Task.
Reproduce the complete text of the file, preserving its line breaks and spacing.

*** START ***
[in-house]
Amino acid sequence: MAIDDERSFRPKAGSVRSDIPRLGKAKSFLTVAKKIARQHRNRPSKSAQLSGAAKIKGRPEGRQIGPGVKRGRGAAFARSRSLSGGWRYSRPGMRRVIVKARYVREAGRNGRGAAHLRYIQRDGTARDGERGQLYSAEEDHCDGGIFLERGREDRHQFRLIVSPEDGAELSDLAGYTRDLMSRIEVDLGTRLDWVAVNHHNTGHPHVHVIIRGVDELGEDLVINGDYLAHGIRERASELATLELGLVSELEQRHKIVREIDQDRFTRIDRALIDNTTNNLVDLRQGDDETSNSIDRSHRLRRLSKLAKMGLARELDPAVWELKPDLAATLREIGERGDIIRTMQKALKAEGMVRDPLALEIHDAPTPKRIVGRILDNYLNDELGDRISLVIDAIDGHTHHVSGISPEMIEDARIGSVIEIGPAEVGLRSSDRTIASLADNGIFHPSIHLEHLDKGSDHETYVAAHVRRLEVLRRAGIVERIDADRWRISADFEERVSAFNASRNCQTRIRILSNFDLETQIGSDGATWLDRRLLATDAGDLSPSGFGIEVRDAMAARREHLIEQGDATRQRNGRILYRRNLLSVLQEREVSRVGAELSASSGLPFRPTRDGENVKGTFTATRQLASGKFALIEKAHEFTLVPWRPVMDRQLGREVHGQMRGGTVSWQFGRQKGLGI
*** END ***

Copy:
[in-house]
Amino acid sequence: MAIDDERSFRPKAGSVRSDIPRLGKAKSFLTVAKKIARQHRNRPSKSAQLSGAAKIKGRPEGRQIGPGVKRGRGAAFARSRSLSGGWRYSRPGMRRVIVKARYVREAGRNGRGAAHLRYIQRDGTARDGERGQLYSAEEDHCDGGIFLERGREDRHQFRLIVSPEDGAELSDLAGYTRDLMSRIEVDLGTRLDWVAVNHHNTGHPHVHVIIRGVDELGEDLVINGDYLAHGIRERASELATLELGLVSELEQRHKIVREIDQDRFTRIDRALIDNTTNNLVDLRQGDDETSNSIDRSHRLRRLSKLAKMGLARELDPAVWELKPDLAATLREIGERGDIIRTMQKALKAEGMVRDPLALEIHDAPTPKRIVGRILDNYLNDELGDRISLVIDAIDGHTHHVSGISPEMIEDARIGSVIEIGPAEVGLRSSDRTIASLADNGIFHPSIHLEHLDKGSDHETYVAAHVRRLEVLRRAGIVERIDADRWRISADFEERVSAFNASRNCQTRIRILSNFDLETQIGSDGATWLDRRLLATDAGDLSPSGFGIEVRDAMAARREHLIEQGDATRQRNGRILYRRNLLSVLQEREVSRVGAELSASSGLPFRPTRDGENVKGTFTATRQLASGKFALIEKAHEFTLVPWRPVMDRQLGREVHGQMRGGTVSWQFGRQKGLGI